Renewable Energy Update – April 2021 #5 | Allen Matkins – JDSupra – JD Supra


Bullet S&P Global – April 15

Community choice aggregators have reached a new milestone in California, surpassing 200 cities and communities with service and about 28% of utility load, and the expansion is continuing with two more CCAs launching service this year. California CCAs have signed long-term power purchase agreements for more than 600 MW of new clean generation capacity.

Bullet The San Diego Union-Tribune – April 26

San Diego Gas & Electric has pledged to reach net-zero greenhouse gas emissions by 2045, but some critics say the goal can’t be accomplished as long as the utility keeps natural gas a core part of its energy, transmission, and delivery system. The utility is developing two hydrogen pilot projects, three battery storage projects, and will break ground on a clean transportation project in El Cajon.

Bullet Utility Dive – April 23

The Americas are poised to lead the global storage market by 2025, with total capacity touching 371 GWh by the end of the decade and the U.S. contributing to most of this growth, new research from Wood Mackenzie indicates. The latest reports indicate that the U.S. is edging even closer to the Energy Storage Association’s (ESA) projection of 100 GW of new energy storage by 2030, ESA Interim CEO Jason Burwen said.

Bullet The Mercury News – April 25

A group of ranchers, farmers, and environmentalists opposed to Alameda County’s largest approved, 350-acre solar panel project have filed a lawsuit against the county. The plaintiffs maintain that the Aramis Renewable Energy Project, by Intersect Power, would tarnish the scenic character of rural North Livermore Valley and conflicts with Measure D, which county voters approved in 2000. The Alameda County Board of Supervisors approved the 350-acre, 300,000-panel project in the unincorporated area north of Livermore in March. Measure D aims to prevent urban sprawl in eastern Alameda County by restricting development and protecting agriculture, open space, and wildlife.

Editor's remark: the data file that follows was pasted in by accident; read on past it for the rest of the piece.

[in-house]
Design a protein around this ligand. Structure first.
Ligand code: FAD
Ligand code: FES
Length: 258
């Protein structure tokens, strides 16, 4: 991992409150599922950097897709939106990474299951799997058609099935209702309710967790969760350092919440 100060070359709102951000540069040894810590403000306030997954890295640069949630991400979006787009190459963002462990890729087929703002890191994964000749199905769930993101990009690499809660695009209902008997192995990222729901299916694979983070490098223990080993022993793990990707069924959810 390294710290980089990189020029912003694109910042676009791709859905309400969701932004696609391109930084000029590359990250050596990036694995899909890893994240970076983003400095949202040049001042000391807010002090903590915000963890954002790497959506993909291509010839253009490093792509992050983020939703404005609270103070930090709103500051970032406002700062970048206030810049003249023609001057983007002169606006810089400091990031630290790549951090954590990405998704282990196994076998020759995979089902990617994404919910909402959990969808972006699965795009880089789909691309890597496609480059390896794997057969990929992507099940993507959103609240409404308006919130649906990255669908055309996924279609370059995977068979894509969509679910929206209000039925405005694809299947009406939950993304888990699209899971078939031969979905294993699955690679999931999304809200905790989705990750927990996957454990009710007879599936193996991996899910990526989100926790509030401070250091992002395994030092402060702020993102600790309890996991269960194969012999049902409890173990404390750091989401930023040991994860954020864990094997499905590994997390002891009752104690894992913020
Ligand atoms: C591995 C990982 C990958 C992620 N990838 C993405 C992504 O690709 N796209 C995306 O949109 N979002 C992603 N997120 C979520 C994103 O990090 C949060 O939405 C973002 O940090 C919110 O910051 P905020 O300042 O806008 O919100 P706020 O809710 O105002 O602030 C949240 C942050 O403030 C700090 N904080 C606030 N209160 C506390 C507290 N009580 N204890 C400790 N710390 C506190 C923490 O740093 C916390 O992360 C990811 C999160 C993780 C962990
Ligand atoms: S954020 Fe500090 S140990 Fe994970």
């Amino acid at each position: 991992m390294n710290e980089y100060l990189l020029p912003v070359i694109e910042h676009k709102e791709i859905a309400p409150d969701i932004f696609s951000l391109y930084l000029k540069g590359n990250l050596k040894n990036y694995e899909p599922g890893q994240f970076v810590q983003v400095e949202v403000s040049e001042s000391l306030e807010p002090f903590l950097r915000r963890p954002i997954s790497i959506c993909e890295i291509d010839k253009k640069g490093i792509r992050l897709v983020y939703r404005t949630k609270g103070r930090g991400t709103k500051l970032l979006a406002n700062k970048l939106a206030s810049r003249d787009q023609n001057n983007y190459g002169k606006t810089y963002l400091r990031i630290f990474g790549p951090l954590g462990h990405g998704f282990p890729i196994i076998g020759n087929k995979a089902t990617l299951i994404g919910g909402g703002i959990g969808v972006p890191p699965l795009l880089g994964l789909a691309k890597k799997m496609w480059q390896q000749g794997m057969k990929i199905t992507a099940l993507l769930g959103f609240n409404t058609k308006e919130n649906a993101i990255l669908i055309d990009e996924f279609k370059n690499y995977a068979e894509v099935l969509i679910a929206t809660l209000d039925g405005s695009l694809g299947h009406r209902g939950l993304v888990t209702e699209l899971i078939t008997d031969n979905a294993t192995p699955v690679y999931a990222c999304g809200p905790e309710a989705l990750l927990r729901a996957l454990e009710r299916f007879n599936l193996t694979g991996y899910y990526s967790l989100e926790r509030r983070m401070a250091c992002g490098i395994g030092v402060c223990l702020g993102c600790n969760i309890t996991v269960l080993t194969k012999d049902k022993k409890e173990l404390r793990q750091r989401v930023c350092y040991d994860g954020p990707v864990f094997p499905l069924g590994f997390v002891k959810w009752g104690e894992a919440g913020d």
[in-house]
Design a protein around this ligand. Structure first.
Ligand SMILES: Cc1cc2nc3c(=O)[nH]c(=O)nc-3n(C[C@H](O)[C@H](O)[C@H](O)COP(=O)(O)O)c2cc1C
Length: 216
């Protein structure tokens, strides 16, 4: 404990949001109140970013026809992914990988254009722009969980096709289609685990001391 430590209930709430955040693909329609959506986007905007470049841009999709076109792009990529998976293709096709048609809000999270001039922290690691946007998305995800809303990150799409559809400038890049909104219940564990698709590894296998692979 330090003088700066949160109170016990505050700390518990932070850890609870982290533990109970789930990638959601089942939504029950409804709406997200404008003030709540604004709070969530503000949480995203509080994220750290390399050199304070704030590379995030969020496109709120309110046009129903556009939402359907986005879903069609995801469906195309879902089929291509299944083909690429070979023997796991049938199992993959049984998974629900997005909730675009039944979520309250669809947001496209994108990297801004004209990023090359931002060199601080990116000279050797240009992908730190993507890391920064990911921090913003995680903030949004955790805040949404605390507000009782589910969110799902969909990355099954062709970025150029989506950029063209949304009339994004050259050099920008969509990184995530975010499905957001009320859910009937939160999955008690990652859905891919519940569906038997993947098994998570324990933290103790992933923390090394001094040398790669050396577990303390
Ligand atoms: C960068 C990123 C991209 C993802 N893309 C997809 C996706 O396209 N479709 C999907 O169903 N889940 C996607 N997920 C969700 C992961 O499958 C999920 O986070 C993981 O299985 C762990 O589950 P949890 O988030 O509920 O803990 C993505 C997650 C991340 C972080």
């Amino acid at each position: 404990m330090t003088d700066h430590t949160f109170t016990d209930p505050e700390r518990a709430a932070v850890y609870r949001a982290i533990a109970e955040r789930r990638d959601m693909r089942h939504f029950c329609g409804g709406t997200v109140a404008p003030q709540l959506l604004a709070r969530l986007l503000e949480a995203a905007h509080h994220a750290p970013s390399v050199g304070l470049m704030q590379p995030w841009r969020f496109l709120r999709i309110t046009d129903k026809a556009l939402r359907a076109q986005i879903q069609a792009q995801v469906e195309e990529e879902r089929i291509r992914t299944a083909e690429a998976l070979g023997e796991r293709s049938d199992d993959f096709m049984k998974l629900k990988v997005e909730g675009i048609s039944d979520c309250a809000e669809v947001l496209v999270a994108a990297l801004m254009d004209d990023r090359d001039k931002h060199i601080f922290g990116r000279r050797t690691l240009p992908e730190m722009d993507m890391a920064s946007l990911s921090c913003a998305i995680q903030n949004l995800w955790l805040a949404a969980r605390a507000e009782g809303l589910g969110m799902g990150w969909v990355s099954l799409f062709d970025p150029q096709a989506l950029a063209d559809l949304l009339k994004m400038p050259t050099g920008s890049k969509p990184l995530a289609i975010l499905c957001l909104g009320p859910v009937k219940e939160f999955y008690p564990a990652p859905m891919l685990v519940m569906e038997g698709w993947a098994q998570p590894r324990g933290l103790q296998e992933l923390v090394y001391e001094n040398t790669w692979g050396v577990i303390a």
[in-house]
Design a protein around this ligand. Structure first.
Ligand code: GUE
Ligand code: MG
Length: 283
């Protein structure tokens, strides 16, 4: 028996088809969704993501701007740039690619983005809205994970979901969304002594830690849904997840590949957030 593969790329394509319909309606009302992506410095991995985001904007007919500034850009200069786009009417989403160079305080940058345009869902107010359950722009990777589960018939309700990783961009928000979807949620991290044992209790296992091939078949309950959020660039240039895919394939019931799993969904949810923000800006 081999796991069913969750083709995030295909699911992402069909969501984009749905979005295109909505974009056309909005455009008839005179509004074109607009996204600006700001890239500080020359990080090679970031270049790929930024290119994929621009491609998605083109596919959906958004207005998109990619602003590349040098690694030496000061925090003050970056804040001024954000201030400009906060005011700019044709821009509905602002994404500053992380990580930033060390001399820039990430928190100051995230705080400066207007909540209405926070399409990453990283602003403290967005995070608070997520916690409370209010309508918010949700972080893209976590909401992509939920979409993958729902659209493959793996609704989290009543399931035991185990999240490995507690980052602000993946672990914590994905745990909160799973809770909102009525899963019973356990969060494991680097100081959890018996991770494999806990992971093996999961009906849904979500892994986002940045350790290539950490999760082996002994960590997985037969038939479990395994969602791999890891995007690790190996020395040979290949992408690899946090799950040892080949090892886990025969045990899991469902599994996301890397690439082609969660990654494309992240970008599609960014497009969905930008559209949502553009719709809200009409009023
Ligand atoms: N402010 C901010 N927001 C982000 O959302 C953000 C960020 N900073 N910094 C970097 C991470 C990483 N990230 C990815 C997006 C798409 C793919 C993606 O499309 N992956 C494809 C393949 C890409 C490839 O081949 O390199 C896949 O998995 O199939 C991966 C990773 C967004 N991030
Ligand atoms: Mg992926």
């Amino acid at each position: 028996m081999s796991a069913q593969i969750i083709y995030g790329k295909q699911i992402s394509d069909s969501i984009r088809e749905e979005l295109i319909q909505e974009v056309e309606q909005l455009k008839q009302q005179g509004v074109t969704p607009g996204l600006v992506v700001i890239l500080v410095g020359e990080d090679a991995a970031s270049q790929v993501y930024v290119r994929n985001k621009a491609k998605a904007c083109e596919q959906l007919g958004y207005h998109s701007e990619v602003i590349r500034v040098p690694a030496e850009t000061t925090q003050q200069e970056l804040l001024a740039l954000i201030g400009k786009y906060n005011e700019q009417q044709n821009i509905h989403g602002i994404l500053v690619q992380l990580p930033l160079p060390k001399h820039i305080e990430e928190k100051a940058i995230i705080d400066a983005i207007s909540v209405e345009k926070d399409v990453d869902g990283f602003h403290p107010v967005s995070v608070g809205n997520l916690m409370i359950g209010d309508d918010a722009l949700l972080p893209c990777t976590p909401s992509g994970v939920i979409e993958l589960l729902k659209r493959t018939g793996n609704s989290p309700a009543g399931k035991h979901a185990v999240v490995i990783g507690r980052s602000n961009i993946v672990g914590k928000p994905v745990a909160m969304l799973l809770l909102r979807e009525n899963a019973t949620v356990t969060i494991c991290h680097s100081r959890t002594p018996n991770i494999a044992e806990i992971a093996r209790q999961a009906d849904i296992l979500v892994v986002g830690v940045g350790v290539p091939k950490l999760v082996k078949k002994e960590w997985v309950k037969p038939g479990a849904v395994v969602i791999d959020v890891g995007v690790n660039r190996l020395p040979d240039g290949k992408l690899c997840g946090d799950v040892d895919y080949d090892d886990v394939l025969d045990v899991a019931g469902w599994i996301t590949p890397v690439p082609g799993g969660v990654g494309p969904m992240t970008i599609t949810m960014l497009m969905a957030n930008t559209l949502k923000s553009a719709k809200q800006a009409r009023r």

Bullet CNBC – April 28

Researchers in Oregon are attempting to harness nature’s power by testing and analyzing wave energy converters, a technology which could have an important role to play in a transition to renewables, with the PacWave project. The project is based around two locations: PacWave North, “a test-site for small-scale, prototype, and maritime market technologies,” and PacWave South, which is under development and has received grants from the Department of Energy and the State of Oregon, among others. In March, PacWave South took a significant step forward when it was announced that the Federal Energy Regulatory Commission had granted Oregon State University a license to “build and operate” a test facility at the site.

Bullet Power Technology – April 26

Samsung Construction and Trading Corporation (Samsung C&T) is reportedly planning to build solar power plants in Texas with a $673 million investment. According to documents reviewed by Reuters, the company aims to sell the clean energy generated by the power plants from December 2023. Construction of the new solar facilities, with a combined capacity of almost 700 MW, is due to begin next June.

Bullet Solar Industry Magazine – April 22

SunPower is collaborating with Baltimore County, Maryland, to cover two closed landfills with solar systems. The projects are expected to generate upwards of 30 MW, equivalent to the power used by one-third of the county’s municipal buildings – including government facilities. The projects, located at the closed Hernwood and Parkton landfills, are the first large-scale solar energy projects in Baltimore County’s history.

Leave a Reply

Your email address will not be published. Required fields are marked *